Eight Days of Christmas: Miracle on 34th Street at the Redford Theatre

It doesn’t feel like the Christmas season without a visit to the Redford to watch a Christmas classic. The season began early for me this year, as I visited the Redford to watch one of my favorite holiday films, Miracle on 34th Street, the weekend before Thanksgiving!

(Image via Doctor Macro)

(Image via Doctor Macro)

A film appropriate for both holidays (and therefore appropriate for viewing any time between Halloween and the New Year), Miracle on 34th Street tells a story of believing. Doris Walker (Maureen O’Hara), single mother of one daughter (Natalie Wood), works for Macy’s as a director of special events, including the annual Thanksgiving parade and in-store Santa visits during the holiday season. When her parade Santa turns up drunk, Doris turns to a mysterious whiskered man (Edmund Gwenn) who claims that his name is Kris Kringle and he’s the real Santa Claus.

“Kris” does so well in the parade that he’s invited to play Santa at the main store in New York City. He’s a great success, bringing joy to the children and helping their parents find the perfect gifts, too. But his insistence that he is really Kris Kringle causes problems.

My screening of Miracle on 34th Street — November 21, 2:00 pm show — was a special one. The Redford is at its most magical during the holiday season, and this screening was particularly special because I got to share it with my grandparents, with whom I had never visited the Redford before. (They both loved the experience and are planning on going back!)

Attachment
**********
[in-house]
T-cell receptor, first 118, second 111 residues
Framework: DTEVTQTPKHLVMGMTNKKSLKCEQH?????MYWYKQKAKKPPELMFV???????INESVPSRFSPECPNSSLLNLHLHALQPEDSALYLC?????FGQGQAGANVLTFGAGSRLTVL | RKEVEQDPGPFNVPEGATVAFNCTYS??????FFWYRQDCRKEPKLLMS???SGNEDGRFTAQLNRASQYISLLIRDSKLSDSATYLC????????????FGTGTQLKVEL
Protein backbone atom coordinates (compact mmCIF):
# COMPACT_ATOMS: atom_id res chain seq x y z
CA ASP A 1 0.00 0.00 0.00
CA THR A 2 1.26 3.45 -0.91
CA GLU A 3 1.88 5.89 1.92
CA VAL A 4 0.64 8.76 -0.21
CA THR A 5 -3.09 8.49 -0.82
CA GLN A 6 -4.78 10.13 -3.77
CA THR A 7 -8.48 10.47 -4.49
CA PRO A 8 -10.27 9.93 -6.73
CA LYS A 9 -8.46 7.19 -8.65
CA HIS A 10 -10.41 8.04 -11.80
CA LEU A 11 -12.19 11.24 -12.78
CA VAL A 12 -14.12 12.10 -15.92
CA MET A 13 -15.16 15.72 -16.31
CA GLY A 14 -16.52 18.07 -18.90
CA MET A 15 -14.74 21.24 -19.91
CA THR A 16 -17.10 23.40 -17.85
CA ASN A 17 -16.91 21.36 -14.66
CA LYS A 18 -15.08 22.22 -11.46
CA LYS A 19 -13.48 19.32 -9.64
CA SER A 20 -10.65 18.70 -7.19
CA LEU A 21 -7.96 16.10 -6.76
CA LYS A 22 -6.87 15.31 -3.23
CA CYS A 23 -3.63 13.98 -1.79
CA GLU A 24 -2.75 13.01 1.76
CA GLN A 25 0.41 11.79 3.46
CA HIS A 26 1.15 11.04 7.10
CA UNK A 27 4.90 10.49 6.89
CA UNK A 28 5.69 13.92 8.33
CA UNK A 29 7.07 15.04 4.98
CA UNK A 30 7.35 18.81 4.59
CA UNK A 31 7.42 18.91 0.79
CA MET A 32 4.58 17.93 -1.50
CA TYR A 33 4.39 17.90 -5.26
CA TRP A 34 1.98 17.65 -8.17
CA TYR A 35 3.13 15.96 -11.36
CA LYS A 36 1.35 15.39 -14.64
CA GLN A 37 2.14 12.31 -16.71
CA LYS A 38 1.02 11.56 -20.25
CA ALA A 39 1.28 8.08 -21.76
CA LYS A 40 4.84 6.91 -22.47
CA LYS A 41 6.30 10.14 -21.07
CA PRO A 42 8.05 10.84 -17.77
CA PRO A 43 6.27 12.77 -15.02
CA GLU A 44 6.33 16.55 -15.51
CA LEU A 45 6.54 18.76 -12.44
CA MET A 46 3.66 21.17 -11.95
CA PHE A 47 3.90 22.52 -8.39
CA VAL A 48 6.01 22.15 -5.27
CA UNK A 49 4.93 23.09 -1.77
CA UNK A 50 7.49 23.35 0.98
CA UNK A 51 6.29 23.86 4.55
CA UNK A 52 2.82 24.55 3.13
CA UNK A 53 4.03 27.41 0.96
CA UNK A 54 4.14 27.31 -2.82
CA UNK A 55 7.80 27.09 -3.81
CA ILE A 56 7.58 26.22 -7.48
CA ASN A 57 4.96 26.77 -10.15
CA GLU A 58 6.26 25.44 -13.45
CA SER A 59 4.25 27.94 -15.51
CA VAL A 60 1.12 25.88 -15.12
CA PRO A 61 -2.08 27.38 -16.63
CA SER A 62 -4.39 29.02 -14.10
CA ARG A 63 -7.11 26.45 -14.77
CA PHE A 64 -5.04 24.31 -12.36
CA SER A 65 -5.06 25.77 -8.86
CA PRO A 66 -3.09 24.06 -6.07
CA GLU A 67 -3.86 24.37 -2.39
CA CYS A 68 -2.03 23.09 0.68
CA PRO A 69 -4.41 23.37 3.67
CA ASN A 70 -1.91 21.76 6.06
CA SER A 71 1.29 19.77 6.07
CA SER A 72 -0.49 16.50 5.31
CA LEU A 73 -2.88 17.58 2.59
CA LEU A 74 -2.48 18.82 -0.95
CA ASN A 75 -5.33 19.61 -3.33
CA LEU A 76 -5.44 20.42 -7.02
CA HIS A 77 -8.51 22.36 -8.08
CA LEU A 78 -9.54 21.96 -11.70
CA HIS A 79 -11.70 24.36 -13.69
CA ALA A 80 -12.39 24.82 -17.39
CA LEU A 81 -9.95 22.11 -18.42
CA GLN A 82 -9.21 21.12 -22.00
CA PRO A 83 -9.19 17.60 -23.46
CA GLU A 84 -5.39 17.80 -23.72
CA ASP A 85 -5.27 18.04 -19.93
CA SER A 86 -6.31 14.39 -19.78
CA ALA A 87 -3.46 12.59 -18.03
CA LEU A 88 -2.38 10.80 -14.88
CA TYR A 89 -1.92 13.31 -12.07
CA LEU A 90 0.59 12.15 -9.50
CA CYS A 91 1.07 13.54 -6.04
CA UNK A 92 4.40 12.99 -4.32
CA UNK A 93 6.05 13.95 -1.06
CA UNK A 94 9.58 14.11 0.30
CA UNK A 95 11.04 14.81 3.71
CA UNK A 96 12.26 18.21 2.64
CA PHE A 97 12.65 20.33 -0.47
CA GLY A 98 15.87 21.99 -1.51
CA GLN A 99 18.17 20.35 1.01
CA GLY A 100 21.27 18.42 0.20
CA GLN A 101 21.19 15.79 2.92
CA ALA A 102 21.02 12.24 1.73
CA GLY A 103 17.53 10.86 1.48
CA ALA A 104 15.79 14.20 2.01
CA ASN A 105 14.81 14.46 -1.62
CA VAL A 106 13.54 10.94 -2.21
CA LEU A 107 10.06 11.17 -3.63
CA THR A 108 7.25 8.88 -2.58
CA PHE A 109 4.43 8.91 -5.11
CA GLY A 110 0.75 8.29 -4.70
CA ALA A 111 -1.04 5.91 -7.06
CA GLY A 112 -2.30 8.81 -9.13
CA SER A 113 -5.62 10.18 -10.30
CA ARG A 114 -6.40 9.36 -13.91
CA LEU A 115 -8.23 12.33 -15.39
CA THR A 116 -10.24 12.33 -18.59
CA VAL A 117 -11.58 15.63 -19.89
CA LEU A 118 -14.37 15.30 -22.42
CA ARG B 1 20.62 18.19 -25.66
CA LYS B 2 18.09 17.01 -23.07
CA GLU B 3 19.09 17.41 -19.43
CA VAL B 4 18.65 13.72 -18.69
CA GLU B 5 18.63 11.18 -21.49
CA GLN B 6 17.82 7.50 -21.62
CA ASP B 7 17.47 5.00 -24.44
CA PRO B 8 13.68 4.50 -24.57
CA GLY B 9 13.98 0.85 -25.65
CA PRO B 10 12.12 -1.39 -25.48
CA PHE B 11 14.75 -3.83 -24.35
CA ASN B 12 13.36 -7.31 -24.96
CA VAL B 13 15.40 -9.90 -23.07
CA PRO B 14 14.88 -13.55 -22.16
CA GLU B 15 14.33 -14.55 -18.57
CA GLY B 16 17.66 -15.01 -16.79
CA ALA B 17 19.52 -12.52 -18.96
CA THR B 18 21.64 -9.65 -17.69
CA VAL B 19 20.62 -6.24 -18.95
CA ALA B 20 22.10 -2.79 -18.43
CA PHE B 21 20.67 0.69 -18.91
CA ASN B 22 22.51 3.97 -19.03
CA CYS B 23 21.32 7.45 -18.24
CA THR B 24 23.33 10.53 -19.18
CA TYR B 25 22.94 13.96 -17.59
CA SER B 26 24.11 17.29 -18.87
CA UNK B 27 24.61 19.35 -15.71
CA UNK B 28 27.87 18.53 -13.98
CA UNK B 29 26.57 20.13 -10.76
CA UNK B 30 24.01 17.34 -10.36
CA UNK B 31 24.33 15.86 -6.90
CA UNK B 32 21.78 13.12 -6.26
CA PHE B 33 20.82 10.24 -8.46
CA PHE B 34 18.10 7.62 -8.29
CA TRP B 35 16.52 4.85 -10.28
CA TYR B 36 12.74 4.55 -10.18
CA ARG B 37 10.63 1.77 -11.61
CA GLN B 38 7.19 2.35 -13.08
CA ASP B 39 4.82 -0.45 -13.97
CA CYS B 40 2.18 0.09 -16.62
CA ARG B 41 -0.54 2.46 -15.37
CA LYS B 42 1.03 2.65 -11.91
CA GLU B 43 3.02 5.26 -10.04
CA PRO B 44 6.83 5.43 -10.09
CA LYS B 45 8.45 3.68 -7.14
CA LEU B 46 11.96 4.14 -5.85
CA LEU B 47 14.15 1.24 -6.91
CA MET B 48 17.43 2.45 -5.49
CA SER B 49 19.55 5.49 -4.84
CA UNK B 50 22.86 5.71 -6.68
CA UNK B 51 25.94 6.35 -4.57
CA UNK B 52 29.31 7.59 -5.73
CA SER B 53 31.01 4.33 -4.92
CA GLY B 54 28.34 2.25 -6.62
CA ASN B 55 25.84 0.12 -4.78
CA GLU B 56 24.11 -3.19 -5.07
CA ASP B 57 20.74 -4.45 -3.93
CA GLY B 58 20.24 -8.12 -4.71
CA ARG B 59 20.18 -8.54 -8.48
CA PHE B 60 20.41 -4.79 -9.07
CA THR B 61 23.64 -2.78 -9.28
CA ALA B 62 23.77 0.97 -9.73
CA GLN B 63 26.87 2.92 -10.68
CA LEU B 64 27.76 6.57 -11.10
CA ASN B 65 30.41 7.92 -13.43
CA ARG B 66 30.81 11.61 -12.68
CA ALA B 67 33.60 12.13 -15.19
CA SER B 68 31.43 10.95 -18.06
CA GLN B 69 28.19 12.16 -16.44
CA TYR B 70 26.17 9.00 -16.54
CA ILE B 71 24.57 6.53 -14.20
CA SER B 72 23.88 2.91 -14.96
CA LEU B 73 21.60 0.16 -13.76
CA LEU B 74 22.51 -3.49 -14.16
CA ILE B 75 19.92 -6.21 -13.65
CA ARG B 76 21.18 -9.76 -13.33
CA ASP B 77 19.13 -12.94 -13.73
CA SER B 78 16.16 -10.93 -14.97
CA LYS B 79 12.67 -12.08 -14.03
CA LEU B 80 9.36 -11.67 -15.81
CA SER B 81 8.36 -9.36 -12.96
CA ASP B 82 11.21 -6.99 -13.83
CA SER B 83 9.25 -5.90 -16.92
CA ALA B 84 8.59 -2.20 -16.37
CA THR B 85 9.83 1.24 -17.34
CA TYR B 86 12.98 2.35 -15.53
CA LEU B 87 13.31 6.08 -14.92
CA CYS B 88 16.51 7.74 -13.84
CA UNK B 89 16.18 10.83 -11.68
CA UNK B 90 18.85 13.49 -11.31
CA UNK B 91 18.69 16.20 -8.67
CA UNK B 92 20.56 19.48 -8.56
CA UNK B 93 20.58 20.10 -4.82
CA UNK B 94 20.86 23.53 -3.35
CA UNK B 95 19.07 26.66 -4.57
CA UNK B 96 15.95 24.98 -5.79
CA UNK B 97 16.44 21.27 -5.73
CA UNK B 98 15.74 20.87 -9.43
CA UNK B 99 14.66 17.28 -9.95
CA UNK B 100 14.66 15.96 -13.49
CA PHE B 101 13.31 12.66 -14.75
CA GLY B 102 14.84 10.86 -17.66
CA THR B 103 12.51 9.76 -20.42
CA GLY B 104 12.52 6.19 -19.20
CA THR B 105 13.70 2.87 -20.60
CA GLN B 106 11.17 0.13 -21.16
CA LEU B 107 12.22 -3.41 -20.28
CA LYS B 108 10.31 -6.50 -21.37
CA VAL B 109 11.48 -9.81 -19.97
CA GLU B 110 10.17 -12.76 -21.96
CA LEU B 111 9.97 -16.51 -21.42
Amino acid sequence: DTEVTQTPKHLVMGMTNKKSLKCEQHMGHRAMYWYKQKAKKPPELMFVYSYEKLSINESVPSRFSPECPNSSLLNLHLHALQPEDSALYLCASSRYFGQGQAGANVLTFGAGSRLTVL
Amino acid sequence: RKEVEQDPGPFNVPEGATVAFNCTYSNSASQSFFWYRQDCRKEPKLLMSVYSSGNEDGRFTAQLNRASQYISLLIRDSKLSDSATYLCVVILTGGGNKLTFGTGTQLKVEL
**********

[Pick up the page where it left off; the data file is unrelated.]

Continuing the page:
(Image via Doctor Macro)

(Image via Doctor Macro)

John Lauter, whose name you may remember from my Redford screening reports of He Who Gets Slapped and Pandora’s Box, provided wonderful organ performance pre-show and at intermission, filling the audience with the Christmas spirit. The film was also preceded by a cartoon, the same wacky-but-lovable Rudolph short that played before the Christmas Vacation screening I attended last year.

As for the film itself? Fantastic, as always. Edmund Gwenn gives a truly stellar performance, and young Natalie Wood is perfect in her too-smart-for-her-age, outspoken child role.

  
One performance that really struck me upon seeing the film on the big screen was that of Maureen O’Hara, perhaps because she had passed away just the month before the screening, or perhaps simply because she was such a fantastic actress and I was seeing one of her films on the big screen for the first time. Regardless of the reason, it was wonderful to watch her.

Miracle on 34th Street is the type of holiday film that brings you back to childhood, full of Santa belief and Christmas magic. Much like Doris, the viewer is taken on a journey from skepticism to Christmas spirit. A real family classic, and a delight to watch at the Redford.

Advertisements

4 thoughts on “Eight Days of Christmas: Miracle on 34th Street at the Redford Theatre

  1. Pingback: Eight Days of Christmas: Beyond Christmas (1940) | The Motion Pictures

  2. Pingback: Eight Days of Christmas: It’s a Wonderful Life (1946) | The Motion Pictures

  3. Nice to see a pic of the Redford with snow in the background! I keep forgetting to ask: whenever you’ve visited the Redford for a revival screening, has the attending crowd been a good one (lots of people), or is it more like just a handful of patrons scattered here and there?

    Like

    • Yes, the crowds are usually very good! Many of their special events have sold out in the past, too — the ones with guest speakers, and the David Bowie double feature they ran last Friday, for example. The lightest crowds are for silents, but even then there are more people than you’d expect.

      Like

Comments are closed.